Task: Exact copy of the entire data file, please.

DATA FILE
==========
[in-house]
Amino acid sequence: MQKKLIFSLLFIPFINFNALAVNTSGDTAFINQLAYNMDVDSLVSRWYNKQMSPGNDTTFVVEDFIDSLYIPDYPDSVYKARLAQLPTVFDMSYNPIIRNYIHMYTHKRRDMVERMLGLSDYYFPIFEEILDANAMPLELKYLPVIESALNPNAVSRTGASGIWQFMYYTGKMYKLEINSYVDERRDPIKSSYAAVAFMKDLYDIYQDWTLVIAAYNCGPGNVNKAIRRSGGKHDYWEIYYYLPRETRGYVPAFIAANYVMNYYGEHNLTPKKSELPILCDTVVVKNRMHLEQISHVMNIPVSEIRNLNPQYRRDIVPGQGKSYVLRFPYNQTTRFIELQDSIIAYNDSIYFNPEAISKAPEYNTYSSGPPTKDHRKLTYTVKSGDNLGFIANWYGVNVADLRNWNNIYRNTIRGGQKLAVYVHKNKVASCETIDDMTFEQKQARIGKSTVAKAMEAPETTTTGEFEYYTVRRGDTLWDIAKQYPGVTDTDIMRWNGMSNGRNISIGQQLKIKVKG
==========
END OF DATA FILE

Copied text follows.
[in-house]
Amino acid sequence: MQKKLIFSLLFIPFINFNALAVNTSGDTAFINQLAYNMDVDSLVSRWYNKQMSPGNDTTFVVEDFIDSLYIPDYPDSVYKARLAQLPTVFDMSYNPIIRNYIHMYTHKRRDMVERMLGLSDYYFPIFEEILDANAMPLELKYLPVIESALNPNAVSRTGASGIWQFMYYTGKMYKLEINSYVDERRDPIKSSYAAVAFMKDLYDIYQDWTLVIAAYNCGPGNVNKAIRRSGGKHDYWEIYYYLPRETRGYVPAFIAANYVMNYYGEHNLTPKKSELPILCDTVVVKNRMHLEQISHVMNIPVSEIRNLNPQYRRDIVPGQGKSYVLRFPYNQTTRFIELQDSIIAYNDSIYFNPEAISKAPEYNTYSSGPPTKDHRKLTYTVKSGDNLGFIANWYGVNVADLRNWNNIYRNTIRGGQKLAVYVHKNKVASCETIDDMTFEQKQARIGKSTVAKAMEAPETTTTGEFEYYTVRRGDTLWDIAKQYPGVTDTDIMRWNGMSNGRNISIGQQLKIKVKG